Wednesday, December 14, 2011
Charlottesville Planning Commission
voted 5-2 Tuesday to recommend approval of a revision to the city’s critical slopes ordinance.
“This is a good [amendment] because it clarifies the ordinance beyond what we have now,” said Planning Commission chairwoman
The commission has been reviewing the critical-slopes ordinance for nearly two years. The goal has been to make the process for getting a waiver more understandable to the public, city staff and commission.
The current definition of a critical slope is one with a grade of 25 percent or more. Under the amended ordinance, additional criteria have been added.
“Those criteria are that any slope greater than 25 percent and has a horizontal run of 20 feet or a square footage of 6,000 or greater,” said Jim Tolbert, the city’s director of neighborhood development services. “Or that the slope is within 200 feet of a waterway.”
City staff have created a map that depicts all lots that would be affected by the new criteria.
“When this is adopted by council, the map will be the map we have to determine what’s critical,” Tolbert said. “If someone comes up with an engineering survey that says there are no slopes, we’ll amend it administratively.”
Other amendments to the ordinance include clarifying its purpose and intent and reducing the number of ways that waivers that can be granted.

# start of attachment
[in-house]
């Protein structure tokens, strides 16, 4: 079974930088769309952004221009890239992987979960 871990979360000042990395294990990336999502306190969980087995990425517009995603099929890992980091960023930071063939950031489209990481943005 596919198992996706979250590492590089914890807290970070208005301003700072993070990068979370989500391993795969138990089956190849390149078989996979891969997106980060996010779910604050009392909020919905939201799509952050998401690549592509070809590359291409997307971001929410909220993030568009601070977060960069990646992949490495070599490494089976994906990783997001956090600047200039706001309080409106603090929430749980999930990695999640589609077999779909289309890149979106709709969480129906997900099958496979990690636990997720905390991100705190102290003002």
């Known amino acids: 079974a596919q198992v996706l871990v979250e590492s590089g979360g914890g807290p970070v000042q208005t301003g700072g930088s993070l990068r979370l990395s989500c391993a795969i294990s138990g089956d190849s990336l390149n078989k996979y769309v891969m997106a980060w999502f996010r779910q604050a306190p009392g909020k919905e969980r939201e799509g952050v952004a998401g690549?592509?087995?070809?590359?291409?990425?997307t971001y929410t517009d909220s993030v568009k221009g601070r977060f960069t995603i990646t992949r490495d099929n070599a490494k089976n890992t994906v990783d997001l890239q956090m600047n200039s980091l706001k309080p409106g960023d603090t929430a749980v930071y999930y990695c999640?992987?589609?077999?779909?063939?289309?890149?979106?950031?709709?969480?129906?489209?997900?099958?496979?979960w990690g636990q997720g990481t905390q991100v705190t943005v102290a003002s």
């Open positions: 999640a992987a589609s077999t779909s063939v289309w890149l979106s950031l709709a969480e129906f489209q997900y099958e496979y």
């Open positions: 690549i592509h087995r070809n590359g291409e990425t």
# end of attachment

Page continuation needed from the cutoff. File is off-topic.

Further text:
“The amendments are also intended to reduce the number of applications that come to the commission for review where the slopes are not significant,” wrote city planner Brian Haluska in a staff report prepared for the commission.
“The waiver process should not be a presumptive ‘no’ where waivers are ‘few and far between’ but instead a presumptive ‘yes’ where engineered mitigation can restore or improve the current ecological condition and contribution of the critical slopes disturbed,” Williamson said.
However, Tolbert defended the reduction of the number of criteria for waivers that can be requested.
“This city decided several years ago it wants to protect critical slopes,” Tolbert said. “You don’t write an ordinance assuming it will be waivered all the time.”
Several city residents spoke at the public hearing to support the amendment.
“We live in a place with high inclines,” said Robin Hanes. “We need plants on critical slopes to hold back stormwater, to filter toxins in the air and to house the small amounts of wildlife we still have in our urban settings.”
Morgan Butler of the
Southern Environmental Law Center
fell short of endorsing the amendment, but urged the commission to find balance.
“We can’t cover the entire city in the pavement in the name of reducing sprawl and creating denser or more affordable development,” Butler said. “There are certain natural features in the city that provide important environmental and community benefits, and we end up undermining numerous city goals if we carelessly allow them to be destroyed.”
voted against the amendment out of a concern it would lead to fewer affordable housing projects because developers would build at a less dense scale.
“There will be a lot of uncertainty for investors and it will discourage development,” Rosensweig said. “While I approve of the direction, I cannot support it at this time.”
Rosensweig said decreasing the possibility of density will result in less affordable housing. He and Commissioner
sought further debate, but were cut off.
“We need to stop talking and start acting,” said Commissioner
shortly before making a motion.
The City Council will consider the amendment in January.